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The Department of Homeland Security (“DHS”) has posted a final rule regarding the H-1B cap selection process. The rule will be published in the Federal Register on January 31, 2019 and will go into effect on April 1, 2019.

The Final Rule

The posted rule is the final version of the proposed rule titled “Registration Requirement for Petitions Seeking to File H-1B Petitions on Behalf of Cap-Subject Aliens,” which was published for public comments on December 3, 2018.  During the 30-day comment period, the proposed rule received over 800 public comments. Continue Reading Department of Homeland Security Posts Final Rule Regarding H-1B Cap Filings

Every January, employers go into high gear to prepare H-1B cap-subject petitions for filing on the first business day of April.  This year, employers must also monitor for potential regulatory changes to the filing process.  On December 3, 2018, the Department of Homeland Security (DHS) published a notice of proposed rulemaking in the Federal Register titled “Registration Requirement for Petitioners Seeking To File H-1B Petitions on Behalf of Cap-Subject Aliens.”  The 30-day public comment period closed January 2, 2019, and employers remain in wait for the impact to this year’s cap-subject filings.  While President Trump tweeted about H-1B changes that “are soon coming,” it is not clear whether they relate to the proposed rule.

The proposed rule seeks to accomplish two goals: streamline the H-1B selection and filing process by creating a pre-registration system, and increase the chances of selection for H-1B petitions eligible for the advanced degree exemption by reversing the order in which the cap lotteries are run.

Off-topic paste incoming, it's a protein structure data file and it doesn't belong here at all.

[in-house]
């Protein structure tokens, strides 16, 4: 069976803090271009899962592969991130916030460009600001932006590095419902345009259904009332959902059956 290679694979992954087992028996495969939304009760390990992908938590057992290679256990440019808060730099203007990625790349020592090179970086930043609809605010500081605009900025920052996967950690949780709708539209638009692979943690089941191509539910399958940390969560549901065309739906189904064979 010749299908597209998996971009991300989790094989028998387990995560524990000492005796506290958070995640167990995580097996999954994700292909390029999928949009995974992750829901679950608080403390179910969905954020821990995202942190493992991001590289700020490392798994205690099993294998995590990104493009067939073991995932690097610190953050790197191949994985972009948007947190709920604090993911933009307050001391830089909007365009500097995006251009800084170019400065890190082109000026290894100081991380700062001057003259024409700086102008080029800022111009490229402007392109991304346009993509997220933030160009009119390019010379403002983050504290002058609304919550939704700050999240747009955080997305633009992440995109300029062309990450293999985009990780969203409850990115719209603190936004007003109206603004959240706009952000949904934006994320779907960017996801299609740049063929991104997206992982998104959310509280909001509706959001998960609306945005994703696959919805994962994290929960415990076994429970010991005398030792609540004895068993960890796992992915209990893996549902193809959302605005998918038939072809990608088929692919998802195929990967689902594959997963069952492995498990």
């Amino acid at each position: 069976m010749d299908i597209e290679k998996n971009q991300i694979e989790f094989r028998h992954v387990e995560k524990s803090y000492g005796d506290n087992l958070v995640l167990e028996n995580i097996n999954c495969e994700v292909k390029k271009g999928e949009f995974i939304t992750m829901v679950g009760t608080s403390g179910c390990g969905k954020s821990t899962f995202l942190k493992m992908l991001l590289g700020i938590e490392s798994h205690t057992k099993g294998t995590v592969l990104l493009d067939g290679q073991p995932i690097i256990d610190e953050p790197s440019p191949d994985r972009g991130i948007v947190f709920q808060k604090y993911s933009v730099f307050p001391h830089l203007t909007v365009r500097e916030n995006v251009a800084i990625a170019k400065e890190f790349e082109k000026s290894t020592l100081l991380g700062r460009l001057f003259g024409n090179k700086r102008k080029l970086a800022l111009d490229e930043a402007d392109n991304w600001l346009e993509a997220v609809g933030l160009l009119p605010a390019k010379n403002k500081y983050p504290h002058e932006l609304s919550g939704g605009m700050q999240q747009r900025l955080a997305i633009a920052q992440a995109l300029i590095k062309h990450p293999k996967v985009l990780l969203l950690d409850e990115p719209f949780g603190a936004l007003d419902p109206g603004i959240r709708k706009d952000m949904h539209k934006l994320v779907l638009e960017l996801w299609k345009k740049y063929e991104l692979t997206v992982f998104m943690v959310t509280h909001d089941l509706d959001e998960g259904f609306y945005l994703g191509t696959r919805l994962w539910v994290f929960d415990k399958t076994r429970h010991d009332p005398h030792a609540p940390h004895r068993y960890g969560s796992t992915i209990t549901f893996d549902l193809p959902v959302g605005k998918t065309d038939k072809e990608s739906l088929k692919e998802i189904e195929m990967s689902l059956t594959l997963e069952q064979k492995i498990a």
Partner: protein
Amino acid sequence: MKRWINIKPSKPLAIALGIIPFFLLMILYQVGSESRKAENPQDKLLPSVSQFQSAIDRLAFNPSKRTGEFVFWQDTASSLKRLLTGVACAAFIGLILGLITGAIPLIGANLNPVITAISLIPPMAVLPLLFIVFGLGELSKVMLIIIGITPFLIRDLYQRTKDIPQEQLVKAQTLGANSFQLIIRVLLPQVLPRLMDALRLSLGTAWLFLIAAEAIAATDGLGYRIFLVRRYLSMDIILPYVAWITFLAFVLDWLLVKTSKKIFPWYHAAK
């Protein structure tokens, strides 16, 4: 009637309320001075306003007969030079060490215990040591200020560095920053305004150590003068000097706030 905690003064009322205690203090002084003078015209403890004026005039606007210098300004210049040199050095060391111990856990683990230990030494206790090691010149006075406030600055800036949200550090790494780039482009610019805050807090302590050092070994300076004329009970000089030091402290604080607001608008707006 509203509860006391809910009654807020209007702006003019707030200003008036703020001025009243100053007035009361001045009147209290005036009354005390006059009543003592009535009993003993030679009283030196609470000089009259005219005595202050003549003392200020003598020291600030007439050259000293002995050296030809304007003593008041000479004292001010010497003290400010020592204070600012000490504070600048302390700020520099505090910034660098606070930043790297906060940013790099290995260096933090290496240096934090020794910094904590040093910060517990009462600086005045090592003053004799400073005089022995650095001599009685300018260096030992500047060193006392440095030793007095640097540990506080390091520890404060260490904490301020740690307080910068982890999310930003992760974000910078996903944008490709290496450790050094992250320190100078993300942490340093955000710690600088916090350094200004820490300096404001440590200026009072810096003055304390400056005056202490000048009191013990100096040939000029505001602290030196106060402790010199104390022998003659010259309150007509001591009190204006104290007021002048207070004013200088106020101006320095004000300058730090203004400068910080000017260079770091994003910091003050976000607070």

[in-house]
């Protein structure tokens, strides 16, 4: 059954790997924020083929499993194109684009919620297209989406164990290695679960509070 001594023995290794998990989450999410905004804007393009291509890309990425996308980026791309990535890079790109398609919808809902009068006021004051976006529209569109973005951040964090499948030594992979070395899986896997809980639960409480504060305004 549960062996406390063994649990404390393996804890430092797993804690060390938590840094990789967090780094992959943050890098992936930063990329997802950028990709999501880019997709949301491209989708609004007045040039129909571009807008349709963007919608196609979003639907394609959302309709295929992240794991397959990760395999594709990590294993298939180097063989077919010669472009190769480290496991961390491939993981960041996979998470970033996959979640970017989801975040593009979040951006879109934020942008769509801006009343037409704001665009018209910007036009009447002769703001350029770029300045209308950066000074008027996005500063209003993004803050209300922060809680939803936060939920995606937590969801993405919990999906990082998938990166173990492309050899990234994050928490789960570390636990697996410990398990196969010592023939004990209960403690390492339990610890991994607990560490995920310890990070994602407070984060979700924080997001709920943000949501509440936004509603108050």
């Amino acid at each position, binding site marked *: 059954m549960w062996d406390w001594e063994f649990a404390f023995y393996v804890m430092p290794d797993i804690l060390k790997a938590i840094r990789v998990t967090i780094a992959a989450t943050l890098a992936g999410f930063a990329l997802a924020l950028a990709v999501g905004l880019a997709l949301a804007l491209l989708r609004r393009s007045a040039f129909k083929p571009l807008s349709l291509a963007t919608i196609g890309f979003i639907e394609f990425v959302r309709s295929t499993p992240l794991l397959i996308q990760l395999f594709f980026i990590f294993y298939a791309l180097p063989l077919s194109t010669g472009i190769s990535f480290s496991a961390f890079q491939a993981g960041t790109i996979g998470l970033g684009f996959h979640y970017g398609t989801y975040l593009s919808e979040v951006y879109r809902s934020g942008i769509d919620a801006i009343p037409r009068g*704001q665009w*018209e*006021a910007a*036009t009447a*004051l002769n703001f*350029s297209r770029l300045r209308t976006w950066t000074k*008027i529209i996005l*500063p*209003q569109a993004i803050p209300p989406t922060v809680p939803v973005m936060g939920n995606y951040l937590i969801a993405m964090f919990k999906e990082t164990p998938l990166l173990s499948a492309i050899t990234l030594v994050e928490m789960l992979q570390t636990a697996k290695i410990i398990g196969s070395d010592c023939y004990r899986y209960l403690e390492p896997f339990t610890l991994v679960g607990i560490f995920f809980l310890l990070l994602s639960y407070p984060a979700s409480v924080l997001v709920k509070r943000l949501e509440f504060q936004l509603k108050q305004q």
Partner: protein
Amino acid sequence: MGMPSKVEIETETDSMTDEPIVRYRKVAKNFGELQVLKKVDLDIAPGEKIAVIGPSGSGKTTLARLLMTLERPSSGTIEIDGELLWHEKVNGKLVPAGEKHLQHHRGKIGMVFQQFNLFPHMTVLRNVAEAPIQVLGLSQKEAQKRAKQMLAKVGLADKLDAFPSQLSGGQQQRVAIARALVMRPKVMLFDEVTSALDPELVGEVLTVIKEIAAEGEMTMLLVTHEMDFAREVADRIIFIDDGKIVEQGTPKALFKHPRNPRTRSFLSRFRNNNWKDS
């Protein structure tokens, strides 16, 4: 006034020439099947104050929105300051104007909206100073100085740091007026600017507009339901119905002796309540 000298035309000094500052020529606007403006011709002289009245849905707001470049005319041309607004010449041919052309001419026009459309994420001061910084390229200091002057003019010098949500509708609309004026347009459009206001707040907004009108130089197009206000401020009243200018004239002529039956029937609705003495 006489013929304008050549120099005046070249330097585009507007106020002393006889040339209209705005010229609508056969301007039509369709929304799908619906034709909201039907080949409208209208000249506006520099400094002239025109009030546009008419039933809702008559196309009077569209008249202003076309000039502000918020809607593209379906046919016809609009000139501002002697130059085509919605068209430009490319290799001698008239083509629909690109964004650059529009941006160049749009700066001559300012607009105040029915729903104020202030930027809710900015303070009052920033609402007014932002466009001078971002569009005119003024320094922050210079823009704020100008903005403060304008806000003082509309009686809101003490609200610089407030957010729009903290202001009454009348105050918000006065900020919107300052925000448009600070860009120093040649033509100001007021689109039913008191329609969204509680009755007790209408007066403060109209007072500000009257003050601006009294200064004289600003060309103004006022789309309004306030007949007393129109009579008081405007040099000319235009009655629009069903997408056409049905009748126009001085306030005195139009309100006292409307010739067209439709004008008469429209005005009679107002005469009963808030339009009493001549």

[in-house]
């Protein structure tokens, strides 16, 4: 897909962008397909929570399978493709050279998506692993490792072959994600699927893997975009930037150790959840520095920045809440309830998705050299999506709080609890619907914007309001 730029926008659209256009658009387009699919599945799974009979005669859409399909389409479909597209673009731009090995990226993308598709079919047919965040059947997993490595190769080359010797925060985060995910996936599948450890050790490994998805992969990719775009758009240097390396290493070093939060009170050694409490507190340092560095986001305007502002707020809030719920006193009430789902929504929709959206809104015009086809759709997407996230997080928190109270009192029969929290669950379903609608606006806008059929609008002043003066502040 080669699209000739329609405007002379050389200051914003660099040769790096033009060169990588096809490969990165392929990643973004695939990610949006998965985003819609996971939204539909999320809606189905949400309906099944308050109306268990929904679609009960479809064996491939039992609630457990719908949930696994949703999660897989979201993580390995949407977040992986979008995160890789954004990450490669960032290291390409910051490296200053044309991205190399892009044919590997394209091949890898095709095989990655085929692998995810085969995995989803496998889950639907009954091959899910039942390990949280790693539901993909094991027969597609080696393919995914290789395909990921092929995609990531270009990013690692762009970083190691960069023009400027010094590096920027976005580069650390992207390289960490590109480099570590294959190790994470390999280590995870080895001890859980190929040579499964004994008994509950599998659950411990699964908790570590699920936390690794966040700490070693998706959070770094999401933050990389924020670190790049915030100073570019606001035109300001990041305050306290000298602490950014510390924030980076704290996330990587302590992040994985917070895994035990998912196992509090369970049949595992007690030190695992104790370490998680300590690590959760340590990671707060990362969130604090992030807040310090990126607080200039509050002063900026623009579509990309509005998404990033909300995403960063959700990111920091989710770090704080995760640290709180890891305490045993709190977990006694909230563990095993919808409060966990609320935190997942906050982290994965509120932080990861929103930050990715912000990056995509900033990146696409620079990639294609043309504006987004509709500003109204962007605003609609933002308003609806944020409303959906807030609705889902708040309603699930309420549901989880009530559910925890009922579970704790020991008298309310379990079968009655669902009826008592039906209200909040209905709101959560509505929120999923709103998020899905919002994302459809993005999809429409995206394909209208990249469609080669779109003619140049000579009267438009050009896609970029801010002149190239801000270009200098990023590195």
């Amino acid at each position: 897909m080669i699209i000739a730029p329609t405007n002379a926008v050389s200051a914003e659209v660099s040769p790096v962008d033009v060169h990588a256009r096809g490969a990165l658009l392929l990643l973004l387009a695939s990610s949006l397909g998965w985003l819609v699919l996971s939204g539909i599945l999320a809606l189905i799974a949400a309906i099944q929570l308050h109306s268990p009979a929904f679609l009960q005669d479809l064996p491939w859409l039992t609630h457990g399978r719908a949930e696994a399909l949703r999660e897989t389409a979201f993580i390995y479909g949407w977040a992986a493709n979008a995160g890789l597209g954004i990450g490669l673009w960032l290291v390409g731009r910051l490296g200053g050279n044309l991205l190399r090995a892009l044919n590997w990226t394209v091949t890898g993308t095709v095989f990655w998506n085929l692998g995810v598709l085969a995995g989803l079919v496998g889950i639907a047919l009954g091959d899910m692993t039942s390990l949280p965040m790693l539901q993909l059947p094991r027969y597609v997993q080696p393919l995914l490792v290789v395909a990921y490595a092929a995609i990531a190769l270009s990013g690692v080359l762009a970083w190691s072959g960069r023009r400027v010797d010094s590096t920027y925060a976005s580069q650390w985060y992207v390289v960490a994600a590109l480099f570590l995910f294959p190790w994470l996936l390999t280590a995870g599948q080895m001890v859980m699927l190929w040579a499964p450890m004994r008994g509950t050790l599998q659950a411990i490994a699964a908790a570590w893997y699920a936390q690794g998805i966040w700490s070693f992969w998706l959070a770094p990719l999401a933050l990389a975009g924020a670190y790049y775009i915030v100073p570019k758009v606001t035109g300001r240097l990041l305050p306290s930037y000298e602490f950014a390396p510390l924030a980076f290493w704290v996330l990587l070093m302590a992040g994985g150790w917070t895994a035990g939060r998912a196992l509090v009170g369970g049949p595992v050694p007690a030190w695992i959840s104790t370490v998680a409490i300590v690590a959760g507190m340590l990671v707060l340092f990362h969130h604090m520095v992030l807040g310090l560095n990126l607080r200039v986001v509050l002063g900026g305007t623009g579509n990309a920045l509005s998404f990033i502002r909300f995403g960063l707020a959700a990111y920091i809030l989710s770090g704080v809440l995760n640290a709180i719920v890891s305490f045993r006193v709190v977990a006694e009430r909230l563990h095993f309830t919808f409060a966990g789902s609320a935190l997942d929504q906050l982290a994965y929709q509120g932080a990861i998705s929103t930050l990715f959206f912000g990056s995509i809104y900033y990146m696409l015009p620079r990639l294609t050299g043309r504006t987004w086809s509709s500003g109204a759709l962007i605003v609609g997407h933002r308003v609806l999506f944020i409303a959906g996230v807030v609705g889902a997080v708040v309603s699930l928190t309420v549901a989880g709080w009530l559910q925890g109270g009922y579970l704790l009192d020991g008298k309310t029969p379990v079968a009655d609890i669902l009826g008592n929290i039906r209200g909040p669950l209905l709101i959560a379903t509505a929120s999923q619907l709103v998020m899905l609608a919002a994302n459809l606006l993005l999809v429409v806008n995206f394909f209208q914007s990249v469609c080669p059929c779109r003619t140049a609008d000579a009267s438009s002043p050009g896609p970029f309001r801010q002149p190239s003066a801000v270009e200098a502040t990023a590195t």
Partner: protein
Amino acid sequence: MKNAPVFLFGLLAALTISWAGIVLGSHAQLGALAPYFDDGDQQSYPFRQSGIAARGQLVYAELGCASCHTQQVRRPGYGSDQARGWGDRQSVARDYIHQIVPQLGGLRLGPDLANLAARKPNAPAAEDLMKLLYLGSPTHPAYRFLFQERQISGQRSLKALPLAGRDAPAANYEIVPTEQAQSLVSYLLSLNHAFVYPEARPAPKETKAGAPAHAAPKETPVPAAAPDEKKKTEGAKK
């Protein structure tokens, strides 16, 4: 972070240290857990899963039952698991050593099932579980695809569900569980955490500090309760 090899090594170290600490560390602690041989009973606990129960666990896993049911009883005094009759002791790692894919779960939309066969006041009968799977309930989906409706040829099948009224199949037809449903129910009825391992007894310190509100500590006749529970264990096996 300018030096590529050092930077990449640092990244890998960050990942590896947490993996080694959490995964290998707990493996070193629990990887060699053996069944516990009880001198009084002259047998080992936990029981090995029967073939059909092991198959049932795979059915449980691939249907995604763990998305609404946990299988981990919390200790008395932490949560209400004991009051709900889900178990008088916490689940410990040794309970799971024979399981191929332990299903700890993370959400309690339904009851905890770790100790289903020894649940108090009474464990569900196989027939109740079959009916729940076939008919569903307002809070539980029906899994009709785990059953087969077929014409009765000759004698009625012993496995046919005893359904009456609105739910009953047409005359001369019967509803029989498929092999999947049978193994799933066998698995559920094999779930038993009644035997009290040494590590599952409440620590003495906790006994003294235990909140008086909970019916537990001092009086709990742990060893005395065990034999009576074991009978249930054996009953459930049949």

US Citizenship & Immigration Services (the agency responsible for immigration benefits within DHS) received over 800 comments on the proposed regulation, including comments from the US Chamber of Commerce, the American Medical Association, and the American Immigration Lawyers Association.  The public comments criticize the proposed timeline and logistics, identify impacts stretching beyond immigration law, and suggest that the proposed rule may face court challenges if implemented:

Continue Reading Impact of Proposed H-1B Rule on Annual Cap Filings

The federal government has entered its fourth week of a partial shutdown since December 22, 2018 because of a budget impasse between Congress and the White House.  This shutdown is the longest since 1995-1996, when the federal government was closed for 21 days, and now represents the longest lapse in federal funding in recent history.

Many agencies and departments continue operations through this shutdown because of previously approved funding bills or the essential nature of their personnel.  The information below summarizes the operating status of agencies responsible for immigration-related activities most relevant to employers. Continue Reading US Government Shutdown Impact on Immigration-Related Services

According to a Financial Post article, US Customs and Border Protection (“CBP”) permanently barred a Vancouver man with ties to the marijuana industry from entering the United States on November 14, 2018.  The individual, who invests in a Canadian cannabis business, was traveling from Vancouver to Las Vegas to attend a cannabis convention and tour a marijuana facility.  According to the article, when CBP learned that the individual “was going down to tour the marijuana facility and that he was an investor in marijuana, they gave him a lifetime ban.”

Under 8 U.S.C. § 1182(a)(2)(C) of the Immigration and Nationality Act, an individual is inadmissible to the United States if they are, or have been, “an illicit trafficker in any controlled substance…or is or has been a knowing aider, abettor, assister, conspirator, or colluder with others in the illicit trafficking in any such controlled or listed substance or chemical, or endeavored to do so.”  While investors in the Canadian marijuana industry are generally admissible to the United States according to a CBP statement revised in October 2018, an individual may be determined to be inadmissible if they are traveling to the United States for reasons related to the marijuana industry.  The Government of Canada’s website reiterates CBP’s inadmissibility warning.

The media has reported news of at least one other cannabis investor receiving the same bar earlier in 2018.